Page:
Home Health Fitness Traditional Chinese Medicine: How a Hairdryer Can Keep the Whole Body Fit

Traditional Chinese Medicine: How a Hairdryer Can Keep the Whole Body Fit

Traditional Chinese medicine warms the acupoints with moxibustion to facilitate meridian blood flow to keep one healthy. However, it is difficult for ordinary people to find precise acupoints when applying moxibustion, an operation that is troublesome and difficult to manage for oneself.  However, a hairdryer can be used to heat the acupuncture points, which not only is simple, but the heat range is broader. As long as you know the approximate location of the acupuncture points, you can quickly get started.

Sun Maofeng, a leading expert on acupuncture and the Dean of the College of Traditional Chinese Medicine of China Medical University in Taiwan, teaches thermotherapy with a hairdryer. Mr. Sun noted: “Chinese medicine emphasizes supplementing heat for one with a cold constitution and removing heat for one with a hot physique. However, it is an unsuitable method for those who suffer from infection, inflammation, and hyperactive diseases.”

Traditional Chinese medicine warms the acupoints with moxibustion to facilitate meridian blood flow to keep one healthy. (Image: pixabay / CC0 1.0)
Traditional Chinese medicine warms the acupoints with moxibustion to facilitate meridian blood flow to keep one healthy. (Image: pixabay / CC0 1.0)

Which parts of the body are suitable for hairdryer thermotherapy?

According to the theory of yin and yang in traditional Chinese medicine, yang generates heat, while yin is dark and invisible. For example, the back is yang, while the abdomen is yin. Therefore, parts and acupoints on the yin side are suitable for hairdryer thermotherapies, such as the Dantian area below the belly button and the Yongquan point on the sole of the foot. However, the part on the yang side can in some cases have the heat on it from a hairdryer. It depends on the symptoms. For example, warming some acupoints on the backs of people with deficiency and cold constitutions can increase yang.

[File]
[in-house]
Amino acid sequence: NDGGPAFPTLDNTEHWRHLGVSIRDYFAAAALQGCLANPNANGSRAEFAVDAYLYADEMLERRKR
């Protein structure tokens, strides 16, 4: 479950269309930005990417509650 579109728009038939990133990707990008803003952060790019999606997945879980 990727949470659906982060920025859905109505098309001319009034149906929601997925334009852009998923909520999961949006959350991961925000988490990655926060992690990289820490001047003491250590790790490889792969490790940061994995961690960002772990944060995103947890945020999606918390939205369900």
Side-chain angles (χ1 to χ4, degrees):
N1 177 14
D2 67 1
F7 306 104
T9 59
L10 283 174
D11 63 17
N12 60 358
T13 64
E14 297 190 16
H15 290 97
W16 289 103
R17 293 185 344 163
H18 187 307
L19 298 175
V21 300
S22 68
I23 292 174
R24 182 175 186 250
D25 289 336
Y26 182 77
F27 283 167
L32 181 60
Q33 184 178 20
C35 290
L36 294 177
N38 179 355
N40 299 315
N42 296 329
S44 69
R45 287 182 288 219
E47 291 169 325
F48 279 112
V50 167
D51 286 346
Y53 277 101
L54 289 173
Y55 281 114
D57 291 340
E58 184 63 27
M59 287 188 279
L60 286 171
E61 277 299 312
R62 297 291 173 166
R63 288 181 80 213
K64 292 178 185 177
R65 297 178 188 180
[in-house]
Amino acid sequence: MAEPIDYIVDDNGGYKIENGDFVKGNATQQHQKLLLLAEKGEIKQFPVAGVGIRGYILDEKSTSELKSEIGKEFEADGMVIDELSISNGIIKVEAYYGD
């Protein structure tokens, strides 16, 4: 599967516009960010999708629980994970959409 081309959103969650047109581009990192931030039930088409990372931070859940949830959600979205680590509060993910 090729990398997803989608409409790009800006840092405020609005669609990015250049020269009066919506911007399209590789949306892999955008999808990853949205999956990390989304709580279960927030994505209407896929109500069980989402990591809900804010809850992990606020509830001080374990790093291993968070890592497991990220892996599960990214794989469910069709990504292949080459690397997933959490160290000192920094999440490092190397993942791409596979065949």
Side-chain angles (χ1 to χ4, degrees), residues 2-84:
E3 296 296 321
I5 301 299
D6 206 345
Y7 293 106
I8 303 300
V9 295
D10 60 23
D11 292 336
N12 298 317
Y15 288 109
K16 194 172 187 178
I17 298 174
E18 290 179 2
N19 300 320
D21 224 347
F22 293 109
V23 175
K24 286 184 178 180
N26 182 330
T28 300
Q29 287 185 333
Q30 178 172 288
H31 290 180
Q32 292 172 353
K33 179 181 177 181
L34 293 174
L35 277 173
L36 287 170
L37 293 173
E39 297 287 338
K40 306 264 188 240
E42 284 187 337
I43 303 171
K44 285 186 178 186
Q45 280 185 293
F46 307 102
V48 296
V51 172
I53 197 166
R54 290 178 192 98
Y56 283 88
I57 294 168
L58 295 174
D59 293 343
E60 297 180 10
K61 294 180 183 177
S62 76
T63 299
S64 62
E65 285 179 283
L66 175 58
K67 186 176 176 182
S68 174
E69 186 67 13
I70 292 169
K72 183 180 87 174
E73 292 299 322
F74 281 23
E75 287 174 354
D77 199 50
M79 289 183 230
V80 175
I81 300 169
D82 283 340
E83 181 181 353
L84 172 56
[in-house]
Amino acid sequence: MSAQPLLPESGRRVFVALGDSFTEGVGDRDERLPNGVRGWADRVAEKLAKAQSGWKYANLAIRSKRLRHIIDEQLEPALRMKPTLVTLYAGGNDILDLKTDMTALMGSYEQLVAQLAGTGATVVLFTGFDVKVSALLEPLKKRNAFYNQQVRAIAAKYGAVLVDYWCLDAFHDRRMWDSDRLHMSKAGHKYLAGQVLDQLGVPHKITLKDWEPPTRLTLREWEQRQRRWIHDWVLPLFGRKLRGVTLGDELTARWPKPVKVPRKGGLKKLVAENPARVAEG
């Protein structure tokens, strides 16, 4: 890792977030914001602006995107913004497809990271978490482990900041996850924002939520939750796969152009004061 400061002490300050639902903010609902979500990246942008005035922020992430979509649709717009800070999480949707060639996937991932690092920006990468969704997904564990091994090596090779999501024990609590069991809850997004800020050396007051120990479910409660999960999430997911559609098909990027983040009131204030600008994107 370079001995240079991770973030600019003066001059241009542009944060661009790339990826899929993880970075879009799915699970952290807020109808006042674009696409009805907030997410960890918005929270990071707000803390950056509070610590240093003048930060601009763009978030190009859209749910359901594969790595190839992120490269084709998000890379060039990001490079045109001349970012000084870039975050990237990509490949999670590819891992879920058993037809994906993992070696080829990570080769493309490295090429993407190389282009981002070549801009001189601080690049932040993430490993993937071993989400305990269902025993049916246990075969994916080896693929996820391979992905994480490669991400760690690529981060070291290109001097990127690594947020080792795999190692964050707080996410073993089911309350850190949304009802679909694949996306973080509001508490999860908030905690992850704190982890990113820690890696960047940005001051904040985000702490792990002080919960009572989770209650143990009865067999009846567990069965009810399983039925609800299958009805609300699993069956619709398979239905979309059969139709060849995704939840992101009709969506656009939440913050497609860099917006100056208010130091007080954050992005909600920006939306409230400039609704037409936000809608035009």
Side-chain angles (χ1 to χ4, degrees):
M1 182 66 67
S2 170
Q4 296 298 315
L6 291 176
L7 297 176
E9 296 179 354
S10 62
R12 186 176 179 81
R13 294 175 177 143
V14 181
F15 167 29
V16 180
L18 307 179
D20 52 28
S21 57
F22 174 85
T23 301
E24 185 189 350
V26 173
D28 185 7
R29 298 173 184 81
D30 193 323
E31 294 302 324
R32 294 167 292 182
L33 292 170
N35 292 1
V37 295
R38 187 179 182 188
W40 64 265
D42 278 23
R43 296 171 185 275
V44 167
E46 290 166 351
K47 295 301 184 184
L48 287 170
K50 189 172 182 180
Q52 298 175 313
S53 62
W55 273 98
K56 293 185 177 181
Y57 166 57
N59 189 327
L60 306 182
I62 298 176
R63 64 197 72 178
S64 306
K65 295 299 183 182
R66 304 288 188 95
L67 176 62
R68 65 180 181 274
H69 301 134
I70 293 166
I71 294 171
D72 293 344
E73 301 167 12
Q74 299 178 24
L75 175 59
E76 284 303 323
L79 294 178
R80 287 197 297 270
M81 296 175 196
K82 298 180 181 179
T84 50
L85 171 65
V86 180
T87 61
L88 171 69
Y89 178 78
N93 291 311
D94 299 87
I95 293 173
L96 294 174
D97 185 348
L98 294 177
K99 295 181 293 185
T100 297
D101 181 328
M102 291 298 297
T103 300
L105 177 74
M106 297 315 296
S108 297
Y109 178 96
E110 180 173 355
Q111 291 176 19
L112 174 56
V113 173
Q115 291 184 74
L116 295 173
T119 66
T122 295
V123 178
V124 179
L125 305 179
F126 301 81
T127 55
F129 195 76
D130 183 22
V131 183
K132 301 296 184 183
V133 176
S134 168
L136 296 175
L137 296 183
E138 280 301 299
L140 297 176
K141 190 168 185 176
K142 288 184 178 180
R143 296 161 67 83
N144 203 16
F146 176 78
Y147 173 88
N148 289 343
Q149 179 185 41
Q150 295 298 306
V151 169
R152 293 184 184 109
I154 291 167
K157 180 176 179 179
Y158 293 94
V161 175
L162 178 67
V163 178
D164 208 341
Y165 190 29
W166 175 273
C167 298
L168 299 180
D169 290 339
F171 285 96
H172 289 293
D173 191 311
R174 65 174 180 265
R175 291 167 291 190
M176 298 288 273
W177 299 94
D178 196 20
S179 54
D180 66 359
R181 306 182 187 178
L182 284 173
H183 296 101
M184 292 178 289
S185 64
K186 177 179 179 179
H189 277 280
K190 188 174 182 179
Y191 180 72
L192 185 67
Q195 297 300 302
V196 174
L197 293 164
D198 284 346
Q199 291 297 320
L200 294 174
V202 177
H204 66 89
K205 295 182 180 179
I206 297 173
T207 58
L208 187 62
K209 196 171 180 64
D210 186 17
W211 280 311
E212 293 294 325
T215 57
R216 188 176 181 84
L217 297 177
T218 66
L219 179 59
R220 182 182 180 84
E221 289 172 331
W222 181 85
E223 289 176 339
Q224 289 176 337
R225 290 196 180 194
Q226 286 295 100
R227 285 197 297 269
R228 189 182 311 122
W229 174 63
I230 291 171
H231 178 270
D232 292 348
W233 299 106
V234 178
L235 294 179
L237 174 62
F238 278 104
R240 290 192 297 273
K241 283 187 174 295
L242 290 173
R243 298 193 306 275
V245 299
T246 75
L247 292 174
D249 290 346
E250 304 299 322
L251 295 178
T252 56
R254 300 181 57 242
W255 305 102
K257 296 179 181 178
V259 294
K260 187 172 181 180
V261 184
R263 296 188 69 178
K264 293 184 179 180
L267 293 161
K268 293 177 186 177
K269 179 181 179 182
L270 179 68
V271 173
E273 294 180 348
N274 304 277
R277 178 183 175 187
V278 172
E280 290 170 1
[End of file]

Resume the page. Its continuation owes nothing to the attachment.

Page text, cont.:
When turning on the hairdryer, you must first measure the temperature and the distance from the skin. Sun emphasized: “The temperature of the hairdryer is high, so as to be careful not to cause burns.” Some special conditions may lead to overheating. For example, diabetic patients are insensitive to heat, and family members do not know how the patient feels when applying hairdryer thermotherapy. Also, before applying hairdryer thermotherapy for the patients, you need to know four critical points:

  1. It is not advised to apply hairdryer thermotherapy on weak skin areas, such as the face, eyes, and nose.
  2. Everyone has a different tolerance to heat, and the wattage of the hairdryer is also different. Therefore, you need to adjust the blowing time and distance according to personal comfort.
  3. Conditions suitable for applying hairdryer thermotherapy include chronic diseases, yang-deficient, cold constitution, and the yin parts.
  4. Conditions unsuitable for applying hairdryer thermotherapy include infections and inflammatory diseases, wounds, hyperactive diseases, heat constitution (a dry mouth, red complexion, dry stool).

When turning on the hairdryer, one must first measure the temperature and the distance from the skin. (Image: tarkan36, Pixabay, CC0)
When turning on the hairdryer, you must first measure the temperature and the distance from the skin. (Image: tarkan36, Pixabay, CC0)

You can use a hairdryer from the head to the feet. Chronic soreness, allergies, physical pain, gastrointestinal function, and immunity should improve by warming certain points.

  • Baihui point: Helps to reduce dizziness and headaches due to deficiency and cold
  • Tiantu point:  Aids chronic and allergic cough
  • Dantian: Helps to alleviate physical pain
  • Tanzhong point: Can help reduce chest tightness and shortness of breath
  • The navel:  Can improve gastrointestinal ailments
  • Zusanli point:  Helps to strengthen the immune system

Translated by Joseph Wu and edited by Helen

The writer of this story is not a medical professional, and the information that is in this story has been collected from reliable sources — every precaution has been taken to ensure its accuracy. The information provided is for general information purposes only, and should not be substituted for professional health care.

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